Problem setting

Consider a set $ S = \big\{ 1,2,\cdots,n \big\}$. Now consider $k$ equal-sized subsets $S_i \subset S$ s.t of size $\big|S_i\big|=n' \;\forall i$.

Consider a $k\times k$ matrix $M$ s.t $\;M_{ij} = \big|S_i\cap S_j\big|\big/n'$, size of the intersection of the $i^{th}, j^{th}$ subset divided by $n'$.


Does $M_{ij}$ lie in the polytope of zero-one matrices? Paraphrasing the question - Can we express every $M_{ij}$ as a convex combination of zero-one matrices?

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    $\begingroup$ It should be assumed that $n' \le k$, since otherwise the diagonal entries of $M$ are larger than one. $\endgroup$ – Andrew Morgan Sep 23 '16 at 21:07
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    $\begingroup$ The convex hull of zero-one matrices consists exactly of the matrices whose entries are in $[0,1]$. So I think the answer to your question is "yes". $\endgroup$ – Sasho Nikolov Sep 23 '16 at 21:49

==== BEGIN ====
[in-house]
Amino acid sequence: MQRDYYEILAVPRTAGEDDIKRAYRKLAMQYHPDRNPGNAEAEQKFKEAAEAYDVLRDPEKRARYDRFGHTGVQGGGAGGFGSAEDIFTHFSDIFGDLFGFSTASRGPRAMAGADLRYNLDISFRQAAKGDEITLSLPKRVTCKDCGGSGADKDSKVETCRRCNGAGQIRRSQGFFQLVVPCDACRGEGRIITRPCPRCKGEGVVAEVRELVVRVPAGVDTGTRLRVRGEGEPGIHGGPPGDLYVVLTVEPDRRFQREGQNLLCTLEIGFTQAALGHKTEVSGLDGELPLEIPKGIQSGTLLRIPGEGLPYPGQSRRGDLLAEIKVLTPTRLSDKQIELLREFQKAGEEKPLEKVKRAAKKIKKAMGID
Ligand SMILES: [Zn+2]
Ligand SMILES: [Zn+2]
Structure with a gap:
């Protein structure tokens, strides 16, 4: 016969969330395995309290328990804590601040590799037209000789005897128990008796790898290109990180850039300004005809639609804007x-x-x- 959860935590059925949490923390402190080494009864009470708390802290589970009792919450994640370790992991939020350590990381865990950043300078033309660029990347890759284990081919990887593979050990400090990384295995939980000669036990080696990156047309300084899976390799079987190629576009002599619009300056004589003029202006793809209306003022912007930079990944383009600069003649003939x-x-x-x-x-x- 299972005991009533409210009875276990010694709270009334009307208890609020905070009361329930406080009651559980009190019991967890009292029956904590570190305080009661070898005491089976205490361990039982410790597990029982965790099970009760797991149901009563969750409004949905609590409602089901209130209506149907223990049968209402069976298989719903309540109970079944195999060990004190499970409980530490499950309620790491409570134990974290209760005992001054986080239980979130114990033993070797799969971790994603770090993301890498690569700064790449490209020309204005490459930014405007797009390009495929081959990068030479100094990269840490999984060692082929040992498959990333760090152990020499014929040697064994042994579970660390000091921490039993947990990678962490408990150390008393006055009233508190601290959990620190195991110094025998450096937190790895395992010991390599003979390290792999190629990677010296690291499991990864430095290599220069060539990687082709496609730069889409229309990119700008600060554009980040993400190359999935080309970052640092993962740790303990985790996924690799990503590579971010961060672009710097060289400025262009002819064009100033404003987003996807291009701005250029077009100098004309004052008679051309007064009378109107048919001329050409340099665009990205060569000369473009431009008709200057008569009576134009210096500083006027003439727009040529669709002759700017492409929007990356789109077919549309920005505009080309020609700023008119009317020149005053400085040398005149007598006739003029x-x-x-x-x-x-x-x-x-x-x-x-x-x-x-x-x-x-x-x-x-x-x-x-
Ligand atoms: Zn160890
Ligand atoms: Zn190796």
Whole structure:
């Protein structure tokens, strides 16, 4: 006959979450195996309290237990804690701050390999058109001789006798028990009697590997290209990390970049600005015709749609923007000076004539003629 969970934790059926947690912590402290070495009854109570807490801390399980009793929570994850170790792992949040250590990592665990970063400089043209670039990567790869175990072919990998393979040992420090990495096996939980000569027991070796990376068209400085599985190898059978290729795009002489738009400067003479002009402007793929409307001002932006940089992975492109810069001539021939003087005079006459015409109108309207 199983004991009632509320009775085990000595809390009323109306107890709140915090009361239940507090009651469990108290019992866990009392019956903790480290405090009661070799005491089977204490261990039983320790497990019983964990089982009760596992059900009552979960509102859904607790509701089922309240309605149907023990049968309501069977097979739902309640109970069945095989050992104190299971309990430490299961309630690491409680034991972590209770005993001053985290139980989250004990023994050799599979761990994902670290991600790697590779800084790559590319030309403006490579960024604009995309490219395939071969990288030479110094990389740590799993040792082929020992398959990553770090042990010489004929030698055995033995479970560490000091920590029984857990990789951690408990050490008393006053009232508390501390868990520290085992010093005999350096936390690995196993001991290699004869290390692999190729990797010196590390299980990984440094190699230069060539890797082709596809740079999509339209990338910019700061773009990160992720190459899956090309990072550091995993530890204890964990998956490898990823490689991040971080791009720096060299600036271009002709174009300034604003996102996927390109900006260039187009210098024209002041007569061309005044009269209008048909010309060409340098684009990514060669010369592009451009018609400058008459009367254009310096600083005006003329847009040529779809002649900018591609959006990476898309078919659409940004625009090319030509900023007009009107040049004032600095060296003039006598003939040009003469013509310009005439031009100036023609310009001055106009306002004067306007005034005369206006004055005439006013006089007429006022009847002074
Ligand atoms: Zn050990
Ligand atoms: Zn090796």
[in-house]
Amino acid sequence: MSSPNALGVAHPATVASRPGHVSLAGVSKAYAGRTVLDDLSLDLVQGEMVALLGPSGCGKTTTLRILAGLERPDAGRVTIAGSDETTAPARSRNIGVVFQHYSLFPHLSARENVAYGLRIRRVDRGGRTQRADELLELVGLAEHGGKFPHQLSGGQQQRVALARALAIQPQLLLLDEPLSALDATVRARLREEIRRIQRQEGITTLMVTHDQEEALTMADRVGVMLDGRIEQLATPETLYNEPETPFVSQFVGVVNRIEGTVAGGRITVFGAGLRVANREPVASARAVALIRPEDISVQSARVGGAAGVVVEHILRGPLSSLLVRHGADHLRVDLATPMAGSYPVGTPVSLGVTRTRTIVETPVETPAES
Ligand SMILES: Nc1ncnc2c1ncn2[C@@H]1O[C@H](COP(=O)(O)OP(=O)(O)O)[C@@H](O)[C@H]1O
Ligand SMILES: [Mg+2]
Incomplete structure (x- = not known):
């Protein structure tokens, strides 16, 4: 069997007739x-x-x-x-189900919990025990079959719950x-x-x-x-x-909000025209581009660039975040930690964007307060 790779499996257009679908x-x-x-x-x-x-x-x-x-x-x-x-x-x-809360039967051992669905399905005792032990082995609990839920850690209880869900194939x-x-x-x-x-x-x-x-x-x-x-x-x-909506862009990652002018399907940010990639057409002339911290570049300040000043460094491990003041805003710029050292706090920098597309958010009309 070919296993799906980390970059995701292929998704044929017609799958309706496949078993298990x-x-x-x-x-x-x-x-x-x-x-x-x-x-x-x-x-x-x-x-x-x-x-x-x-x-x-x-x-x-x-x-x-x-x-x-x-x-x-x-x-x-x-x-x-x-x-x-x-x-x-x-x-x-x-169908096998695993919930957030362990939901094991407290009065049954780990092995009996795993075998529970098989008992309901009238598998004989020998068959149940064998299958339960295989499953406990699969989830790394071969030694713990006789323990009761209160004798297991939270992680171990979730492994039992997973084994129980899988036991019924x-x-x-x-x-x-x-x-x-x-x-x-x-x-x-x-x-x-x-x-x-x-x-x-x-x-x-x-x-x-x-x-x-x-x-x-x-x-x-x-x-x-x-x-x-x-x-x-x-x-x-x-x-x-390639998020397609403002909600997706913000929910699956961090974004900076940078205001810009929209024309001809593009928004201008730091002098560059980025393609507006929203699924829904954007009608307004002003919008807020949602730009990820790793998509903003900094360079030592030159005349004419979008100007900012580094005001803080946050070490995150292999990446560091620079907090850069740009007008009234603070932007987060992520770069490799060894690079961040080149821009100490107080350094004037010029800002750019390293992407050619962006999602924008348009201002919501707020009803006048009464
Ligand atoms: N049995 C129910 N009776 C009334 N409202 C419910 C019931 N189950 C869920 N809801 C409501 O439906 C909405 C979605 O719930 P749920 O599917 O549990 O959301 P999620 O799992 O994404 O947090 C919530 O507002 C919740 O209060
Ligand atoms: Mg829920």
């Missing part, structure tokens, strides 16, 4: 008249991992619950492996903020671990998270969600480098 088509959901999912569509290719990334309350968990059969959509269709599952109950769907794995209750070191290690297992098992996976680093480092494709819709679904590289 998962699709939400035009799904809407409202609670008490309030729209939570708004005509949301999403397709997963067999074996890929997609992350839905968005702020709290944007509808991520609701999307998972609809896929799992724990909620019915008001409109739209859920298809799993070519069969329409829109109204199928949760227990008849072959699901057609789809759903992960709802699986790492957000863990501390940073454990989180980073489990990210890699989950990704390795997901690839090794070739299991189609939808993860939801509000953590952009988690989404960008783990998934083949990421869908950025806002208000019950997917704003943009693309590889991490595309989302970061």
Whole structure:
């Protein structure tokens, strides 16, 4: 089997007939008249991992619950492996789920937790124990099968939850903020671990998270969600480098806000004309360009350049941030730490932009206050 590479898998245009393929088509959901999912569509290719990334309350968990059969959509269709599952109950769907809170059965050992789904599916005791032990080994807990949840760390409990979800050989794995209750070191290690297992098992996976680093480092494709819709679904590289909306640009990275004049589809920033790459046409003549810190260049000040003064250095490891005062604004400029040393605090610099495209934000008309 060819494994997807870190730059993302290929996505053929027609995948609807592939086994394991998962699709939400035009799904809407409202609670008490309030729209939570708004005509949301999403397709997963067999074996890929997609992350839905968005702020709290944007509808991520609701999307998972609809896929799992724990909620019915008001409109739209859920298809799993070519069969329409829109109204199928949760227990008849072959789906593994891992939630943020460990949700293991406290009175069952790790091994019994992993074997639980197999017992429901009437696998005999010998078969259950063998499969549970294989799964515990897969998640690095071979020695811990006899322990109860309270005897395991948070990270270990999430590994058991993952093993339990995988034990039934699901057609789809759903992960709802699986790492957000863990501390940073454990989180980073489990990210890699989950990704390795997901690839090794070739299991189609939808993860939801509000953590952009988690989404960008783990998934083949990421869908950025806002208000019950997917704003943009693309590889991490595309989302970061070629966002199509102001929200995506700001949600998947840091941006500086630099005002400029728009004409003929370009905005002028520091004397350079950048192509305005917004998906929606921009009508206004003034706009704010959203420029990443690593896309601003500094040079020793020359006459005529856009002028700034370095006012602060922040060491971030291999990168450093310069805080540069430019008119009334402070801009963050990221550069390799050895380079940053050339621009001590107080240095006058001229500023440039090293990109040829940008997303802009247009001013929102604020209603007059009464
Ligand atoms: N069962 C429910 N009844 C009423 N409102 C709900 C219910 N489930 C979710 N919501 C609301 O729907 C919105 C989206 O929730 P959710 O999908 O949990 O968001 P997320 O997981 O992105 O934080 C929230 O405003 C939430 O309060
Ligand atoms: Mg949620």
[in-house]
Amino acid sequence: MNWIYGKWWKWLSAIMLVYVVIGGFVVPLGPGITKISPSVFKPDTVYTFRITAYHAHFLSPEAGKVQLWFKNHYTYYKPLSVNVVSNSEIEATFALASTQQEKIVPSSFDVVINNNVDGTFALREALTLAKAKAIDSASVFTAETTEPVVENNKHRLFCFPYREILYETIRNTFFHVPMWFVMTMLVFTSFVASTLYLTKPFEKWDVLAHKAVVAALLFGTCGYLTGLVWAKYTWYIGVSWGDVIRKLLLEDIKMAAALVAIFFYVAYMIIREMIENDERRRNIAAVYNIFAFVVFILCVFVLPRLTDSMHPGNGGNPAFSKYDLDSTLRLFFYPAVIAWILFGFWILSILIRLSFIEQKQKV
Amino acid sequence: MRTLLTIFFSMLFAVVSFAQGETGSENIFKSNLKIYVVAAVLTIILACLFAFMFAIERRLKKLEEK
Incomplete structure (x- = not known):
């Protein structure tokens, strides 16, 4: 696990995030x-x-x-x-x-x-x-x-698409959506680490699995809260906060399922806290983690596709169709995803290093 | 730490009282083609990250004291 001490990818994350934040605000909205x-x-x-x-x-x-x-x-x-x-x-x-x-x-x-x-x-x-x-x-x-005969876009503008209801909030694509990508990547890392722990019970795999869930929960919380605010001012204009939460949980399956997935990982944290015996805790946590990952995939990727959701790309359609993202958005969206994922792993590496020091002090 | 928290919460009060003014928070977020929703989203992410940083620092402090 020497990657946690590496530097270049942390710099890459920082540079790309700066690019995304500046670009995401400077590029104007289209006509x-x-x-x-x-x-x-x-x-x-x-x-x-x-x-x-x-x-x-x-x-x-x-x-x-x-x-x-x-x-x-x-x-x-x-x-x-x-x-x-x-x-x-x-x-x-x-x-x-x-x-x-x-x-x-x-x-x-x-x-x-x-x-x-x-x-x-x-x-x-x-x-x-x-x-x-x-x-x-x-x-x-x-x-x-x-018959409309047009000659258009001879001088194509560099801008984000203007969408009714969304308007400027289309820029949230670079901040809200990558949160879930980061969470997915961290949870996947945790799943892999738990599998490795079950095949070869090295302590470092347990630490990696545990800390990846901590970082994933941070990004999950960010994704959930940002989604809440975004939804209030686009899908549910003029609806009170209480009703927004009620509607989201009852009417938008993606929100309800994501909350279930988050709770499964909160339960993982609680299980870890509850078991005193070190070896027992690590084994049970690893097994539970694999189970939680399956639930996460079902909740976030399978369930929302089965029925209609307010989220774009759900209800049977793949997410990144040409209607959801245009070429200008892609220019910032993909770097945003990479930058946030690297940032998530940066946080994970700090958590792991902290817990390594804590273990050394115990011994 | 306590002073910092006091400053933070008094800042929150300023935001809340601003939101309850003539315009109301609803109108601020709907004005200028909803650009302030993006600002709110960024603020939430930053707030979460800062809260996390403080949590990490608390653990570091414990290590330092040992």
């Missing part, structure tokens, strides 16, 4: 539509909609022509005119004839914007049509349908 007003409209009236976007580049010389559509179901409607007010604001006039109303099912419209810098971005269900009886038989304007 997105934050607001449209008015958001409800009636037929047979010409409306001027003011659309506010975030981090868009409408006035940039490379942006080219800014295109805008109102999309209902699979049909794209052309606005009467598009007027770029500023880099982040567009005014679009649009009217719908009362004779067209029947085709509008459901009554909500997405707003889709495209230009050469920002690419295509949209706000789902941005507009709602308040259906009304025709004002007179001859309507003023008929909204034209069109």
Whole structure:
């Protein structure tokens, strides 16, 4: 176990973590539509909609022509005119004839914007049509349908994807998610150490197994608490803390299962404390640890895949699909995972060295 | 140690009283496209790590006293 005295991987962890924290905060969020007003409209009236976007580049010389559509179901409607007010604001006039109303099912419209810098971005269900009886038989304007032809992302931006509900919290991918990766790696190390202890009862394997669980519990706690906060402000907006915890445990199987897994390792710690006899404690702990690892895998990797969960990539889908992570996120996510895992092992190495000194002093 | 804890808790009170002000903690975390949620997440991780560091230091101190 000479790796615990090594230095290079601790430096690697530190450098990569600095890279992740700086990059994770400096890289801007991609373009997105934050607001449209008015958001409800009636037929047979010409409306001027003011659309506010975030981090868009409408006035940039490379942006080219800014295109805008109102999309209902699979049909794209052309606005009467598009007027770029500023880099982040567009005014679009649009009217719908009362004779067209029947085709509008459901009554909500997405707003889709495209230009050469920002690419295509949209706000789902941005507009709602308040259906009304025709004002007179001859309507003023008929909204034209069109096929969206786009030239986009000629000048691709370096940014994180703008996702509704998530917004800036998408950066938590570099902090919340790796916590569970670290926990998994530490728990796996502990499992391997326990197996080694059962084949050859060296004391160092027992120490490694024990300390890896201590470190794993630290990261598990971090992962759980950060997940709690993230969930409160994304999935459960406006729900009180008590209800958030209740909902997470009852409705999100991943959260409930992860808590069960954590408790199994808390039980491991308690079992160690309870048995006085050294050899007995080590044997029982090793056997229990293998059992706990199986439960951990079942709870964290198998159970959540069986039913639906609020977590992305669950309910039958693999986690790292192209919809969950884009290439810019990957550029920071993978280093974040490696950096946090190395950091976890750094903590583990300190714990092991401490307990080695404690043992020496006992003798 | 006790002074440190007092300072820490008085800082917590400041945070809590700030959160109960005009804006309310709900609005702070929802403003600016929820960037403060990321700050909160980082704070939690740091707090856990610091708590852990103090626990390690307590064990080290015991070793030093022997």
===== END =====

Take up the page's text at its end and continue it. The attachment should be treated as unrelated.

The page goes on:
Sasho already gave you a yes/no answer, but here's an actual convex combination for you: If $B_\ell$ is the $k \times k$ matrix which is $1$ when $|S_i \cap S_j| \ge \ell$ and zero otherwise, then $M = \sum_{\ell=1}^{n'} \frac{1}{n'} B_\ell$.

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    $\begingroup$ This has a similar flavour of $ E[X] = \int P(X>x) $ $\endgroup$ – Vivek Bagaria Sep 23 '16 at 23:31
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    $\begingroup$ In case it wasn't obvious, let me add that the convex hull of zero-one vectors in $\mathbb{R}^d$ is $[0,1]^d$. So there is nothing specific in this answer about $k \times k$ matrices, which are the special case of $d=k^2$ (up to an obvious bijection between $k$ by $k$ matrices and $\mathbb{R}^{k^2}$). $\endgroup$ – Sasho Nikolov Sep 24 '16 at 19:08

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